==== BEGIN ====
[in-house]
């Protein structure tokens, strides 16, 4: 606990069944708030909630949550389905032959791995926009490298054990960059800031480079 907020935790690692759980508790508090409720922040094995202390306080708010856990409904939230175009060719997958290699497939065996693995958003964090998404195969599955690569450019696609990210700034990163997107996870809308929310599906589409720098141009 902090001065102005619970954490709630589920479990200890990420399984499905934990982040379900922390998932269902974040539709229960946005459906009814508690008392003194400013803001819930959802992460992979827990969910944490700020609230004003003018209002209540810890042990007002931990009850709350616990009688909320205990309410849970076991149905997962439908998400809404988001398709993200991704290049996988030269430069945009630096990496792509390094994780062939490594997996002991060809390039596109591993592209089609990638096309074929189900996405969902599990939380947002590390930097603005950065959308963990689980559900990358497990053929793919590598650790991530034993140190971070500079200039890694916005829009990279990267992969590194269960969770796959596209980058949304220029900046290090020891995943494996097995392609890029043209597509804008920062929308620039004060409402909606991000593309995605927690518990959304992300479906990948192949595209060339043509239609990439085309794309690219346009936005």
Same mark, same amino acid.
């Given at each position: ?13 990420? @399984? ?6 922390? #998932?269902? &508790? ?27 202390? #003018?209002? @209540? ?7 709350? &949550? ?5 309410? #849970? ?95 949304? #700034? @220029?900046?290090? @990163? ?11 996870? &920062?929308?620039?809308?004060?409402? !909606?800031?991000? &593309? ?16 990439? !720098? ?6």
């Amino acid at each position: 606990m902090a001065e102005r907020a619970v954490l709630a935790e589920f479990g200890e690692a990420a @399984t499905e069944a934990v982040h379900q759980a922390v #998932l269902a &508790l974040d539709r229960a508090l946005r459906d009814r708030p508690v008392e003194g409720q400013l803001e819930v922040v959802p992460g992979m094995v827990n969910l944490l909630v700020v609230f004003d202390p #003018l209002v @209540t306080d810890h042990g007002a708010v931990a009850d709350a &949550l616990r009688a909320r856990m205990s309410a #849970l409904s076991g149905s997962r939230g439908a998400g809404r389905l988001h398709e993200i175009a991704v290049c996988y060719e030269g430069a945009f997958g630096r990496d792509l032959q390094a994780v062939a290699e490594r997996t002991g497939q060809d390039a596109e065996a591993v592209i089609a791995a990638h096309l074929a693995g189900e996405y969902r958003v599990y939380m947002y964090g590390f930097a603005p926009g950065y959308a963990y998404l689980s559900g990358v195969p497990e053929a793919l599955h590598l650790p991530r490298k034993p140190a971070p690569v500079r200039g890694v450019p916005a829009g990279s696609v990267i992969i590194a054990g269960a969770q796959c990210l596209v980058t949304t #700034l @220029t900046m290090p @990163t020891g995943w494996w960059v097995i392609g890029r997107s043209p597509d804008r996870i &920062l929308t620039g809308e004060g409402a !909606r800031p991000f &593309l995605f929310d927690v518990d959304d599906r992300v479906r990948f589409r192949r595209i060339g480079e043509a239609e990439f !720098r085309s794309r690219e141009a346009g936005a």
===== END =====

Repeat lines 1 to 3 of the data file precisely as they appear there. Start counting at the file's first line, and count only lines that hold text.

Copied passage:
[in-house]
């Protein structure tokens, strides 16, 4: 606990069944708030909630949550389905032959791995926009490298054990960059800031480079 907020935790690692759980508790508090409720922040094995202390306080708010856990409904939230175009060719997958290699497939065996693995958003964090998404195969599955690569450019696609990210700034990163997107996870809308929310599906589409720098141009 902090001065102005619970954490709630589920479990200890990420399984499905934990982040379900922390998932269902974040539709229960946005459906009814508690008392003194400013803001819930959802992460992979827990969910944490700020609230004003003018209002209540810890042990007002931990009850709350616990009688909320205990309410849970076991149905997962439908998400809404988001398709993200991704290049996988030269430069945009630096990496792509390094994780062939490594997996002991060809390039596109591993592209089609990638096309074929189900996405969902599990939380947002590390930097603005950065959308963990689980559900990358497990053929793919590598650790991530034993140190971070500079200039890694916005829009990279990267992969590194269960969770796959596209980058949304220029900046290090020891995943494996097995392609890029043209597509804008920062929308620039004060409402909606991000593309995605927690518990959304992300479906990948192949595209060339043509239609990439085309794309690219346009936005």
Same mark, same amino acid.